Ariel Schwartz

IS IT GREEN?: McDonald's

by , 09/02/09
filed under: is it green

mcdonalds, fast food, corporate responsibility, eco-friendly meat, supply chain, fast food companies, free range meat, sustainably-farmed meat

McDonald’s is a fast food chain rife with contradictions. The restaurant ships in food from all over the world on carbon-intensive planes and trucks, while simultaneously installing electric vehicle plug-in stations at a “green” branch of the chain. PETA accuses McDonald’s of treating animals cruelly while the company brags about using sustainably-farmed meat. So which is it? Can McDonald’s actually claim any green cred?

mcdonalds, fast food, corporate responsibility, eco-friendly meat, supply chain, fast food companies, free range meat, sustainably-farmed meat

Whether or not you like fast food, it’s impossible to deny the potential impact that McDonald’s could have on supply chain sustainability — the company operates 31,000 stores with yearly sales of over $23 billion. Bob Langert, McDonald’s VP of Corporate Responsibility, knows this. Much like Wal-Mart, McDonald’s is working on an environmental scorecard for its suppliers that will most likely give high-scorers first dibs on supplying products for the chain. Fortunately, McDonald’s is already working on phasing out the worst suppliers — the company supports a moratorium on soya suppliers to prevent harmful environmental practices in the Amazon.

mcdonalds, ronald, chargepoint, ev

McDonald’s is also beginning to explore sustainability in individual locations. The chain’s first self-proclaimed “green” restaurant, located in Chicago, is LEED Gold-certified, while a North Carolina location features ChargePoint electric vehicle charging stations. And in Brazil, Chile, and Argentina, 270 McDonald’s restaurants deliver used oil to be converted into biodiesel. These are all admirable efforts, but are they enough?

The company still has a lot of work to do in improving its packaging. Most McDonald’s packaging is paper-based and can be composted, but thus far, McDonald’s hasn’t found biodegradable materials that don’t warp or retain heat.’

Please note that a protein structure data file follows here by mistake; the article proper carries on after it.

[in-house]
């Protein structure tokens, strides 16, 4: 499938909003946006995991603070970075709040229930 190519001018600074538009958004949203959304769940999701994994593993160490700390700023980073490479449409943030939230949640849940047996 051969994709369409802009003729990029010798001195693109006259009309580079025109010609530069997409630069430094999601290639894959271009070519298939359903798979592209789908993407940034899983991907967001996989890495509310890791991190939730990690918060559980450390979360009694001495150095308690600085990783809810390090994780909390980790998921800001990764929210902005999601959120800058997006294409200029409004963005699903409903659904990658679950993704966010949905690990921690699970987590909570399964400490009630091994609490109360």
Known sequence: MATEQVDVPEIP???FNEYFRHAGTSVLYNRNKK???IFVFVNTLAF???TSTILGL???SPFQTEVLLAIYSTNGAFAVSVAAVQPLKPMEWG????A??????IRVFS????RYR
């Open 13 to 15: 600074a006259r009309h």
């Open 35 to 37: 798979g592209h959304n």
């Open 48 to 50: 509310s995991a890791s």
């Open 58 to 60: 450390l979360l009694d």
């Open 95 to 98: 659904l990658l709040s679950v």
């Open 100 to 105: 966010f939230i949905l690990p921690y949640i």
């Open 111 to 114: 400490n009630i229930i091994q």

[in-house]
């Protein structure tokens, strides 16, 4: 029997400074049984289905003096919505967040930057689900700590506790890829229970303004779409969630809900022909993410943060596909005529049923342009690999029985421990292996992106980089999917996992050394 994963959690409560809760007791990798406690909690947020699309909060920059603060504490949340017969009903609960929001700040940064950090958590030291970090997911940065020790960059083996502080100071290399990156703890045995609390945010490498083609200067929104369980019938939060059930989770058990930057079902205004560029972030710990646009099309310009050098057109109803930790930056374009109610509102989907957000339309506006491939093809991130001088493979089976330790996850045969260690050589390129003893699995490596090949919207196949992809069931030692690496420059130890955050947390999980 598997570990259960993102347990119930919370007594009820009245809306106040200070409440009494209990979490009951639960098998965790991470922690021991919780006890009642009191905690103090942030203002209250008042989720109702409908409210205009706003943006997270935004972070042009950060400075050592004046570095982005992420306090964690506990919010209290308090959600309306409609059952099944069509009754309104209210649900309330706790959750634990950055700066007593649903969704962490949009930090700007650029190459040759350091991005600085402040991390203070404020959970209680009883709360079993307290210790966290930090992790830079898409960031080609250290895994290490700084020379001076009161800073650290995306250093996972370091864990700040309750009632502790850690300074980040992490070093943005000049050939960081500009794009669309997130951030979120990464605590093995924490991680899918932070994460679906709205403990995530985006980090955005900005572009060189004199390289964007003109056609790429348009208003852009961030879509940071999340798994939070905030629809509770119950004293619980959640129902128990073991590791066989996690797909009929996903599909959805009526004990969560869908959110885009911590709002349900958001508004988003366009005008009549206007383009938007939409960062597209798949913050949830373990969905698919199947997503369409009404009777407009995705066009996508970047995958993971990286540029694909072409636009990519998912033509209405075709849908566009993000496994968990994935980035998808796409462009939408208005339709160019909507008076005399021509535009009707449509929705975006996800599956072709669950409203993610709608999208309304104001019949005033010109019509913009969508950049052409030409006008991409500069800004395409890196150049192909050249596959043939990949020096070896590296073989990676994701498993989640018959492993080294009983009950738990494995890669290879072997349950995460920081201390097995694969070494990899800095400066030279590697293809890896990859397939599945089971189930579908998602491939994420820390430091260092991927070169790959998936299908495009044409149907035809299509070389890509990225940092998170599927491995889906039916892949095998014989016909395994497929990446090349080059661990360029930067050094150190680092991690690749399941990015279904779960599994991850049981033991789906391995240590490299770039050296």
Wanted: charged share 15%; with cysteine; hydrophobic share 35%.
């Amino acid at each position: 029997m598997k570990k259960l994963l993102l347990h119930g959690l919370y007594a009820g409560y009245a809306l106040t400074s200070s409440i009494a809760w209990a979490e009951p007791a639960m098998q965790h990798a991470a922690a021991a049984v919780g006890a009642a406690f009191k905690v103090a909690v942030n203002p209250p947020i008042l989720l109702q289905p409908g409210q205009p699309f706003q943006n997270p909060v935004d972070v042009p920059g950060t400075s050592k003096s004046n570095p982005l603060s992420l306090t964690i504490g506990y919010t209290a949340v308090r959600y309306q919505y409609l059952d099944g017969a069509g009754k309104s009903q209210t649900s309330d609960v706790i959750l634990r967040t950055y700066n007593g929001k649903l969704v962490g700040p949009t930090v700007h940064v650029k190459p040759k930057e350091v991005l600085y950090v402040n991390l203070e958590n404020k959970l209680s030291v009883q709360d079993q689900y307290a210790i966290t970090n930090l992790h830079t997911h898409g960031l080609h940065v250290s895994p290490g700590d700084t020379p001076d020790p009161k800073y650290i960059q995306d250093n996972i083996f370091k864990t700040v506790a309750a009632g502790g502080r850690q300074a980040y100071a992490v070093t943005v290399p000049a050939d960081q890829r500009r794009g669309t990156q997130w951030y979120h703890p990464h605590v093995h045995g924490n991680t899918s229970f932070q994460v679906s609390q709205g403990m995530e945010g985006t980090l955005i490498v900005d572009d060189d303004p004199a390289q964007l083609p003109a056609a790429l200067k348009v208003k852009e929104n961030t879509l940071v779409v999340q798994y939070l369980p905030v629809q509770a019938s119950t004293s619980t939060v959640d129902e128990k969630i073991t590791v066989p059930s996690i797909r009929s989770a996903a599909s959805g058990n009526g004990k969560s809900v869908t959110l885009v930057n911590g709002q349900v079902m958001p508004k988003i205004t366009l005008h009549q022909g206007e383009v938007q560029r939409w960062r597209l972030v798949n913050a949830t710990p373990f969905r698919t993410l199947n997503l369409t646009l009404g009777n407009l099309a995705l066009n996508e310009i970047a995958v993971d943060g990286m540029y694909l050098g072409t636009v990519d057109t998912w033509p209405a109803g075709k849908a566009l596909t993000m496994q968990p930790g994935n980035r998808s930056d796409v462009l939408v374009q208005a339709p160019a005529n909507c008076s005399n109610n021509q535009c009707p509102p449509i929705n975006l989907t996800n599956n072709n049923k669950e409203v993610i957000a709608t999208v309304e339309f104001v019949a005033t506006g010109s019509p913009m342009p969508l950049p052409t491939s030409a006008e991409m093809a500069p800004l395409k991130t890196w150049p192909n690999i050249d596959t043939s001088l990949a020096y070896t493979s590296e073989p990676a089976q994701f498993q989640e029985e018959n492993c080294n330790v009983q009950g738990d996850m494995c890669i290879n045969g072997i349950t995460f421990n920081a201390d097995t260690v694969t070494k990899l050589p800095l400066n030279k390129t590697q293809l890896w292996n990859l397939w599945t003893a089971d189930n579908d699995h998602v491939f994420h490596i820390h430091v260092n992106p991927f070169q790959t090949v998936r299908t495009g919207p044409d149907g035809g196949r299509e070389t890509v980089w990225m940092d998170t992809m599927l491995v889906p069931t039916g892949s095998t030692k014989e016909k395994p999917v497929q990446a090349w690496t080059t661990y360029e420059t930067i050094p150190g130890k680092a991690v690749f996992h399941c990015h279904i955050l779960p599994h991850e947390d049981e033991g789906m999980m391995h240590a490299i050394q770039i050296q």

With PETA accusing McDonald’s of cutting chickens’ throats while they are still conscious and soaking them in tanks of scalding hot water, the chain has yet to convince environmental activists that it is kind to animals. Langert admits that there is a problem, stating “We think a lot of these industry issues are systemic in nature and are best addressed with collaborative efforts.” “Systemic in nature” is a bit of an understatement – as there is no way not to engage in animal cruelty when you are running a franchise that peddles in cheap meat.

Of course, McDonald’s can never truly claim to be green as long as it sells meat products–the average Holstein cow produces up to 180 kilos of methane each year. Ultimately, cows produce 18% of all greenhouse gas emissions, and the meat industry is one of the leading contributers to climate change.

mcdonalds, fast food, fat, meat

And we hardly need to point out that fast food is harmful to human health as well as the environment. With the obesity epidemic skyrocketing in America, we need more ‘slow food’ – not fast food. Processed fat in McDonald’s fast food causes endothelial dysfunction – essentially circulatory dysfunction – for up to five hours after  being eaten. Want more proof? Check out the film Super Size Me.

IS IT GREEN?